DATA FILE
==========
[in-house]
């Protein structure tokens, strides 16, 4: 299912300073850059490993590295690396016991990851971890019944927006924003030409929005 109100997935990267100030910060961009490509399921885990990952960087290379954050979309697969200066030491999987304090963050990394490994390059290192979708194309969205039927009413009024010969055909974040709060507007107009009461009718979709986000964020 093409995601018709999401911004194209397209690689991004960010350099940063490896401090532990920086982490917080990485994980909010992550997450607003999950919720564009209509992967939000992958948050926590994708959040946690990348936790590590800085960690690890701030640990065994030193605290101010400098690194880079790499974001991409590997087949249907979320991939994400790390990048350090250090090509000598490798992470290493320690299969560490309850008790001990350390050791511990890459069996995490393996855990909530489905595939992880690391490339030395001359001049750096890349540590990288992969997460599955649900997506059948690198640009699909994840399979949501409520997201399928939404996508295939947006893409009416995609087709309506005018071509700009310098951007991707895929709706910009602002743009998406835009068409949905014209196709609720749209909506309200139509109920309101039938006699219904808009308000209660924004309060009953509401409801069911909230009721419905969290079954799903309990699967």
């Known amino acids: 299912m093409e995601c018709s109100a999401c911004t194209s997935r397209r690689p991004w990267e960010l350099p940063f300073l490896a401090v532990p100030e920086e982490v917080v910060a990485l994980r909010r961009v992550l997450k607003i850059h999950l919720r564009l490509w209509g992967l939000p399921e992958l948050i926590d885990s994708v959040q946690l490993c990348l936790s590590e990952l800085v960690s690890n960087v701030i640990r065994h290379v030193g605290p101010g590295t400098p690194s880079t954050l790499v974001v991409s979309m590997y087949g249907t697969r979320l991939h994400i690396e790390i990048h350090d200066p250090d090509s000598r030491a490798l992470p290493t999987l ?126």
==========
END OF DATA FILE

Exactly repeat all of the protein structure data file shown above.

[in-house]
């Protein structure tokens, strides 16, 4: 299912300073850059490993590295690396016991990851971890019944927006924003030409929005 109100997935990267100030910060961009490509399921885990990952960087290379954050979309697969200066030491999987304090963050990394490994390059290192979708194309969205039927009413009024010969055909974040709060507007107009009461009718979709986000964020 093409995601018709999401911004194209397209690689991004960010350099940063490896401090532990920086982490917080990485994980909010992550997450607003999950919720564009209509992967939000992958948050926590994708959040946690990348936790590590800085960690690890701030640990065994030193605290101010400098690194880079790499974001991409590997087949249907979320991939994400790390990048350090250090090509000598490798992470290493320690299969560490309850008790001990350390050791511990890459069996995490393996855990909530489905595939992880690391490339030395001359001049750096890349540590990288992969997460599955649900997506059948690198640009699909994840399979949501409520997201399928939404996508295939947006893409009416995609087709309506005018071509700009310098951007991707895929709706910009602002743009998406835009068409949905014209196709609720749209909506309200139509109920309101039938006699219904808009308000209660924004309060009953509401409801069911909230009721419905969290079954799903309990699967």
């Known amino acids: 299912m093409e995601c018709s109100a999401c911004t194209s997935r397209r690689p991004w990267e960010l350099p940063f300073l490896a401090v532990p100030e920086e982490v917080v910060a990485l994980r909010r961009v992550l997450k607003i850059h999950l919720r564009l490509w209509g992967l939000p399921e992958l948050i926590d885990s994708v959040q946690l490993c990348l936790s590590e990952l800085v960690s690890n960087v701030i640990r065994h290379v030193g605290p101010g590295t400098p690194s880079t954050l790499v974001v991409s979309m590997y087949g249907t697969r979320l991939h994400i690396e790390i990048h350090d200066p250090d090509s000598r030491a490798l992470p290493t999987l ?126």